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Eastside Mayors Talk About Business Development, Transit

The mayors of Bellevue, Kirkland, Mercer Island, Sammamish and Bothell talked at a forum before the Bellevue Downtown Association Thursday morning.

Eastside mayors talked about efforts to spur business development and differences of opinion on transportation at the second annual Eastside Mayors Forum Thursday morning.

Mayors Don Davidson of Bellevue, Mark Lamb of Bothell, Joan McBride of Kirkland, Jim Pearman of Mercer Island and Don Gerend of Sammamish discussed the shared interests and unique problems of the Eastside cities.

In response to a question about competition with other cities, Kirkland's McBride said that the cities have been more cooperative and dependent on each other than in past years.

"Our boundaries are much more flexible now as far as the way we work together," McBride said. "The city of Kirkland thrives and doesn't thrive depending on the cities around us. We're sort of all in this together."

"With Kirkland, what do we want to be now and in the next 20-30 years? We want to be the most progressive, we want to be the most inclusive, welcoming and safe city on the Eastside. That's our goal, and we can't be that without the robust business environment and all those other things you put in place," McBride said.

Sammamish's Gerend agreed.

"We actually compete with Seattle and sometimes King County. We have our issues with the state and with the federal government, but none of us ourselves," Gerend said.

Gerend said that the city of Sammamish does not have many businesses yet, but that the city has been working on plans to spur more business and creating a gathering center close to downtown Sammamish.

"I think urban planners many years ago made the mistake of deciding to zone one area of town for manufacturing, one area for residential, one area for retail and depending on the automobile to get you from one place to the other. We are now going back to the more traditional--what you see in Europe--with the mixed use gathering center in downtown," he said, describing properties acquired in the center of Sammamish that will be for public use.

Bellevue mayor Davidson was put in the hot seat when asked about the city's independent study of an alternative light rail route for Sound Transit's plan for the East Link portion of light rail.

The Bellevue City Council, in split decisions, has put $670,000 behind an independent study of a light rail route that would take the trains away from a path that roughly follows Bellevue Way Southeast--which is Sound Transit's preferred route--and put them on a BNSF rail line that roughly follows Interstate 405. The decision on the path is set to be made later this summer.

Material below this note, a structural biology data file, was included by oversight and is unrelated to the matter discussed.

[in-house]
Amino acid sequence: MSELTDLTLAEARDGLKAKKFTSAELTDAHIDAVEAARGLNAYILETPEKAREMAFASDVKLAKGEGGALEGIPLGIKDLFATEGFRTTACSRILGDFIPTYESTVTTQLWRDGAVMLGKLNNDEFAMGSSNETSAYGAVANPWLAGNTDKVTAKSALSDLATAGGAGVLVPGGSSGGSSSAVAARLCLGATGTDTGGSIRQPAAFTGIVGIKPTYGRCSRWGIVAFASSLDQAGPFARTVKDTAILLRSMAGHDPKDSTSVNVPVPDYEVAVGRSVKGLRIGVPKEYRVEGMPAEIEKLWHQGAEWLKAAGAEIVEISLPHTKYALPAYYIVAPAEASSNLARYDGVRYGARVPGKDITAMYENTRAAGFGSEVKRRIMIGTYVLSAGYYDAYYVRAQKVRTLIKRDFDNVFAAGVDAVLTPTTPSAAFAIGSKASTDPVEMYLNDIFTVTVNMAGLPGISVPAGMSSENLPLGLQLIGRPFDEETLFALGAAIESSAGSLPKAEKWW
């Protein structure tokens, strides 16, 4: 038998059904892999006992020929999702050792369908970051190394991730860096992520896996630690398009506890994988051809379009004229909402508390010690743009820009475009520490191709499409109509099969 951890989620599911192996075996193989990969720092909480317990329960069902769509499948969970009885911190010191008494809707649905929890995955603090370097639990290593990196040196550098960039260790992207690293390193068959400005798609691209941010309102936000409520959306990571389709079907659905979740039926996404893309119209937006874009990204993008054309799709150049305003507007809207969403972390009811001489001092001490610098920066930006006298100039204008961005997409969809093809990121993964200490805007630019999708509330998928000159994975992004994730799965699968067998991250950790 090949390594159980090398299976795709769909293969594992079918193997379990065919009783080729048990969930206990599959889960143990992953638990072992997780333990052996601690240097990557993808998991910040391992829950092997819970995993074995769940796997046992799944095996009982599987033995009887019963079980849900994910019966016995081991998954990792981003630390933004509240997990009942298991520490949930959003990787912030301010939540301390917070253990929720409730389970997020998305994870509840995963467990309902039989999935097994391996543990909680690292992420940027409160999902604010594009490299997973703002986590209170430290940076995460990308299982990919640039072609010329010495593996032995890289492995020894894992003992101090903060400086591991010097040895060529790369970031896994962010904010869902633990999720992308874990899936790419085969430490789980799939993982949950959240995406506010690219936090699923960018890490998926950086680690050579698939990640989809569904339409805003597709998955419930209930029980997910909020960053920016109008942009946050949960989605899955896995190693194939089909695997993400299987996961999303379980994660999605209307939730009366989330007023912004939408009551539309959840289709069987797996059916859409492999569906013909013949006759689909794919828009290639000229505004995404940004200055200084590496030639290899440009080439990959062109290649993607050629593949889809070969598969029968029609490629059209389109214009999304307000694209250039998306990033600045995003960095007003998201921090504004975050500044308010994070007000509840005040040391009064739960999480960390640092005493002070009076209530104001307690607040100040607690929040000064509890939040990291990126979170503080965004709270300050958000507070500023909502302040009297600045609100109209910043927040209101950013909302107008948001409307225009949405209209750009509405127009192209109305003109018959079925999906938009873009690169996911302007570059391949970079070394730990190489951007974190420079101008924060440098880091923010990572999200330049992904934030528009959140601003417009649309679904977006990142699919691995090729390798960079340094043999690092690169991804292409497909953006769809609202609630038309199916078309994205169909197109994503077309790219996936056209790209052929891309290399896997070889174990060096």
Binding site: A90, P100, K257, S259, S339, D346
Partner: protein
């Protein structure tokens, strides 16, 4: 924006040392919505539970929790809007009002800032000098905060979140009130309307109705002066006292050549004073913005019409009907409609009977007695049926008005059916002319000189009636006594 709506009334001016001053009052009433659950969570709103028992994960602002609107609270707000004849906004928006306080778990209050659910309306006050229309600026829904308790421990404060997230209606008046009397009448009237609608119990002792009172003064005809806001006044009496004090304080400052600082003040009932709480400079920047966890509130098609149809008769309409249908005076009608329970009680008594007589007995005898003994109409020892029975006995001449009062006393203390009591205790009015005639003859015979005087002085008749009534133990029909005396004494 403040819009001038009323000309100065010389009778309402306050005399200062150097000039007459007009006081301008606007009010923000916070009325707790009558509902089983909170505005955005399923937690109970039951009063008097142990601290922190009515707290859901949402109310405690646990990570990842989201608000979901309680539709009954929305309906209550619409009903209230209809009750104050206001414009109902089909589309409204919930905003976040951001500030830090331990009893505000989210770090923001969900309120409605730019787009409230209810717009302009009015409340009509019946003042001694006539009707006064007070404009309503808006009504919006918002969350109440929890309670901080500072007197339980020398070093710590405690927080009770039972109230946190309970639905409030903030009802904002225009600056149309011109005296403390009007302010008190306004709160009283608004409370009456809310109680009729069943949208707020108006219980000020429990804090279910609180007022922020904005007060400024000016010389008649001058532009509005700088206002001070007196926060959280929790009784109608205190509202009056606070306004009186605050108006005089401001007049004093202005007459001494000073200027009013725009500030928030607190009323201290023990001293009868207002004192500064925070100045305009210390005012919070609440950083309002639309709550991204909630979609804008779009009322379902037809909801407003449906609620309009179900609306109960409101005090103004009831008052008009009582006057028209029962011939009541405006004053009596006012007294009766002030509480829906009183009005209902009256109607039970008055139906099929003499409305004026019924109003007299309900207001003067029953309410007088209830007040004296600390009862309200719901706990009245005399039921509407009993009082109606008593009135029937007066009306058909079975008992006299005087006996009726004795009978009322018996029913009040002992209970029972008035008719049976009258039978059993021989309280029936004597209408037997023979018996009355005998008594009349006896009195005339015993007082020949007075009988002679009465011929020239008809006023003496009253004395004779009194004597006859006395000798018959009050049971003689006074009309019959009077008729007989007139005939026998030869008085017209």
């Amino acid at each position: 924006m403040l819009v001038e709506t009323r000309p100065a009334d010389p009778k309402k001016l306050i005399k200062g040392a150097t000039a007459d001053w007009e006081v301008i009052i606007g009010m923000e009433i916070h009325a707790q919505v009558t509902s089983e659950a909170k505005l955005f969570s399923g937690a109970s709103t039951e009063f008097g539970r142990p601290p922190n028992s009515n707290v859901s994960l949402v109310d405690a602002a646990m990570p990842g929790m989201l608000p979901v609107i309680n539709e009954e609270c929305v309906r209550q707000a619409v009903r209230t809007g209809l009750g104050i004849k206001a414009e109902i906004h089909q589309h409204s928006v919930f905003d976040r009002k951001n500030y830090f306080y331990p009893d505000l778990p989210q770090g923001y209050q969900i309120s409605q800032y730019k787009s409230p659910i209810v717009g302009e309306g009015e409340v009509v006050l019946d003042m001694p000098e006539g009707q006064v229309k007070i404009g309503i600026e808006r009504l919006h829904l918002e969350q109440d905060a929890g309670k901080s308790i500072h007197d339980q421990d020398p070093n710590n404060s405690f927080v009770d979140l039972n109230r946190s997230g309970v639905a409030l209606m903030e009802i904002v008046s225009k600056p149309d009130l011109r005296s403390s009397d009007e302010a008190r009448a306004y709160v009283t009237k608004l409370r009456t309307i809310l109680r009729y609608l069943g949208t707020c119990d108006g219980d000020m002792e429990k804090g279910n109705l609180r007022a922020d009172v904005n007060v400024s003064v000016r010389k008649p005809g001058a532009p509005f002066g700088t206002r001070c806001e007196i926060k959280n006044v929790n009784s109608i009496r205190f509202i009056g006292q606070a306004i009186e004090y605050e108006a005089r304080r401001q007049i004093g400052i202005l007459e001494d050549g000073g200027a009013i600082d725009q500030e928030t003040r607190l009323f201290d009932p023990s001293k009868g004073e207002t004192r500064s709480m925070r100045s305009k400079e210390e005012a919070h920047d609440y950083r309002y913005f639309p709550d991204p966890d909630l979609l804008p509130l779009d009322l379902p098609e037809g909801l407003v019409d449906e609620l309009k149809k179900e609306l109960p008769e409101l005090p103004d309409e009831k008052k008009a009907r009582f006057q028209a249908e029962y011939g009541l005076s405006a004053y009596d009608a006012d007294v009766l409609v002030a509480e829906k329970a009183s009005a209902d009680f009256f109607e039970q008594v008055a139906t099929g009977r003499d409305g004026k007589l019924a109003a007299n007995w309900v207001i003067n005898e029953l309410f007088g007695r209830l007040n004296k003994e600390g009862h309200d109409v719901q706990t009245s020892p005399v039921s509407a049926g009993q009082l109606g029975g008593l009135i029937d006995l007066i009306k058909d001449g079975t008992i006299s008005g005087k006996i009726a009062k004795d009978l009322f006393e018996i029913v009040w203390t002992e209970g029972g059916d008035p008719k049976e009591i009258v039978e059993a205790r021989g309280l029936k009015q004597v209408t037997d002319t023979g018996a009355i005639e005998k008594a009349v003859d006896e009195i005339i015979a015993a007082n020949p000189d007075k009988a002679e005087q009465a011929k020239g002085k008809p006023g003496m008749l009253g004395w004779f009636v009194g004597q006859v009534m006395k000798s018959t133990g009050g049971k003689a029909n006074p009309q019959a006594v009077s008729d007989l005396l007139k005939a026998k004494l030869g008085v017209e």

The council and local residents have been split over the issue.

"I swore to protect single-family neighborhoods. I think that's a mainstay of the city of Bellevue. And I continue to say that Surrey Downs and Enatai deserve to be protected," Davidson said. He criticized Sound Transit's preference as something that would disrupt wetlands and create traffic tie-ups along Bellevue Way Southeast.

He said the majority of the council wanted to explore an alternative option to get the trains away from Bellevue Way Southeast, he said.

"It could be a mitigation in itself for all the issues I've just raised," Davidson said.

Davidson added that the Bellevue council is unanimous over wanting a tunnel through downtown Bellevue, and council members want to start the conversation on covering that $150 million cost.

Lamb, of Bothell, said it was important to note that transportation issues in the region historically have been bogged down in disputes, such as the dispute over the Alaskan Way Viaduct in Seattle, and he argued that the Eastside cities actually resolve those differences faster than officials in Seattle do.

"The Puget Sound region has something of an endemic problem of having a problem coming to a resolution on decisions," Lamb said. "At the end of the day, any transportation decision, not everyone is going to be happy."

The other mayors said that transit is an important factor in economic development, though Gerend added that Sammamish residents have contributed $10 million a year toward Sound Transit, despite the lack of light rail in Sammamish in the foreseeable future and the lack of buses now.

"We're not too enthused about Sound Transit's long-term plans," Gerend said.

But Pearman, whose city is located between the Eastside and Seattle, said Mercer Island has long backed light rail.

"Mercer Island is the only city in the entire Sound Transit governing area that has voted for every single ballot measure of Sound Transit," even knowing that Mercer Island motorists would be inconvenienced by the addition of rail on Interstate 90, Pearman said.

"We are committed and we are fully supportive of the rail across I-90 to get to Mercer Island and we hope that this issue can get resolved effectively for everyone, and not delay this," he said. "We think it's vital to the health and vitality in the region."

Thursday's forum was moderated by Leadership Eastside's James Whitfield in front of the Bellevue Downtown Association members at the Bellevue Club. Bellevue TV plans to broadcast the forum. Patch will link to the video when it becomes available.

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